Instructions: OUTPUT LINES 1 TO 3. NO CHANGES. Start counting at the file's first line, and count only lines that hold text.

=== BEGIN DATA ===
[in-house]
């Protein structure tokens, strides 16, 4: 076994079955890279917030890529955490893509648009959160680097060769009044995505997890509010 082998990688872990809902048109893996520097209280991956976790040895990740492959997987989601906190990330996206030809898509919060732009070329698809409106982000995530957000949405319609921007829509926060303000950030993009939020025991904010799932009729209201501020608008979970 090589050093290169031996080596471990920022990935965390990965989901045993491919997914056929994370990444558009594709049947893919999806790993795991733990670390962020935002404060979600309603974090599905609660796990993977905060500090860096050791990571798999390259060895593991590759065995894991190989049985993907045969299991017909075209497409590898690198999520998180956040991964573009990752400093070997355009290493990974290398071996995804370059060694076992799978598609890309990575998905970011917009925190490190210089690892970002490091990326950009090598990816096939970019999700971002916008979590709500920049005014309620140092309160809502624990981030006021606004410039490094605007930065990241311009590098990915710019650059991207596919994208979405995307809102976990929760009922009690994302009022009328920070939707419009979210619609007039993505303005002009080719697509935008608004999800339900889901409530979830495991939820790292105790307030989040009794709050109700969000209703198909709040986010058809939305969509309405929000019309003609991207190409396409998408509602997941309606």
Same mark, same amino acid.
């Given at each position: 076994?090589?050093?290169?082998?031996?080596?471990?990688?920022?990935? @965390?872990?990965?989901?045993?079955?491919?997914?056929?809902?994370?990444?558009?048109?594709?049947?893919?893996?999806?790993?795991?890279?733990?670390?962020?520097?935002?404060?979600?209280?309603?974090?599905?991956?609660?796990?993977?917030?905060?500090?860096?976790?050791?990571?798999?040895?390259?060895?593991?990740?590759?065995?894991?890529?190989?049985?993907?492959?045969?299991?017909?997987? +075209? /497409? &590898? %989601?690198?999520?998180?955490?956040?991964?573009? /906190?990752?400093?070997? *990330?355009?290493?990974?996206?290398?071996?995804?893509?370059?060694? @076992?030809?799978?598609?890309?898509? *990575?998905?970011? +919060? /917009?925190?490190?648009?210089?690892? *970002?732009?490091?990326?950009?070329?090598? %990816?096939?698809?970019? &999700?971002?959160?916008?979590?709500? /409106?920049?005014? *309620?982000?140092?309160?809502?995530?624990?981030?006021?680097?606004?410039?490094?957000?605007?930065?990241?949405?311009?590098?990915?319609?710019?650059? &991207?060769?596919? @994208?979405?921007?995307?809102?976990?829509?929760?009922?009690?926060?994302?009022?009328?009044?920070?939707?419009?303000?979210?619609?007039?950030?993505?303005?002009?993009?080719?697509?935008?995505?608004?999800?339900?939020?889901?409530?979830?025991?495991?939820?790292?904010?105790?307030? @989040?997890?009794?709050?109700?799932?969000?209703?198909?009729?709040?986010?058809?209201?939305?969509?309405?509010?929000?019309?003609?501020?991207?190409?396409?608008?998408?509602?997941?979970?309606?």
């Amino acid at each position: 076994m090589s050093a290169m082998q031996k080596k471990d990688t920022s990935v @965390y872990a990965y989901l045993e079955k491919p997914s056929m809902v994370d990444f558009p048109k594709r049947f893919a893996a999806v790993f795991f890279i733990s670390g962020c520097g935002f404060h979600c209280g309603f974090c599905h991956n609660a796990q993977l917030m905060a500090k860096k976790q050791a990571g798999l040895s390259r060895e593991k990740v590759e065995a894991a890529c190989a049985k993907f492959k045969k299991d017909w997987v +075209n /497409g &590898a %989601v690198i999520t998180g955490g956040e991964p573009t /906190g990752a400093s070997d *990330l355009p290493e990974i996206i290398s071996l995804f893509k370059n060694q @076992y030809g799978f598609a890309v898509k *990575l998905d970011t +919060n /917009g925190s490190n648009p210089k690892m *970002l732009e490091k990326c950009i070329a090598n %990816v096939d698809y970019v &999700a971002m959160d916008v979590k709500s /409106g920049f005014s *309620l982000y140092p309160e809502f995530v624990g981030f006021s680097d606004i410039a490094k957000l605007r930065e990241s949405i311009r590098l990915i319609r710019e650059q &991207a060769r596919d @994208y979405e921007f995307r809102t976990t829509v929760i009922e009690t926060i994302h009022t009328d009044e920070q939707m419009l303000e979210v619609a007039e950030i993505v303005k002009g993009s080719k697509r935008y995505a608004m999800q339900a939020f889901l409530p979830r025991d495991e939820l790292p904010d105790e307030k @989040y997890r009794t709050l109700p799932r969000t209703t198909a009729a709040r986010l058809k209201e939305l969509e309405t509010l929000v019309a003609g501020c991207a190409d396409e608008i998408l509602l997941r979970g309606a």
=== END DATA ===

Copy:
[in-house]
């Protein structure tokens, strides 16, 4: 076994079955890279917030890529955490893509648009959160680097060769009044995505997890509010 082998990688872990809902048109893996520097209280991956976790040895990740492959997987989601906190990330996206030809898509919060732009070329698809409106982000995530957000949405319609921007829509926060303000950030993009939020025991904010799932009729209201501020608008979970 090589050093290169031996080596471990920022990935965390990965989901045993491919997914056929994370990444558009594709049947893919999806790993795991733990670390962020935002404060979600309603974090599905609660796990993977905060500090860096050791990571798999390259060895593991590759065995894991190989049985993907045969299991017909075209497409590898690198999520998180956040991964573009990752400093070997355009290493990974290398071996995804370059060694076992799978598609890309990575998905970011917009925190490190210089690892970002490091990326950009090598990816096939970019999700971002916008979590709500920049005014309620140092309160809502624990981030006021606004410039490094605007930065990241311009590098990915710019650059991207596919994208979405995307809102976990929760009922009690994302009022009328920070939707419009979210619609007039993505303005002009080719697509935008608004999800339900889901409530979830495991939820790292105790307030989040009794709050109700969000209703198909709040986010058809939305969509309405929000019309003609991207190409396409998408509602997941309606």
Same mark, same amino acid.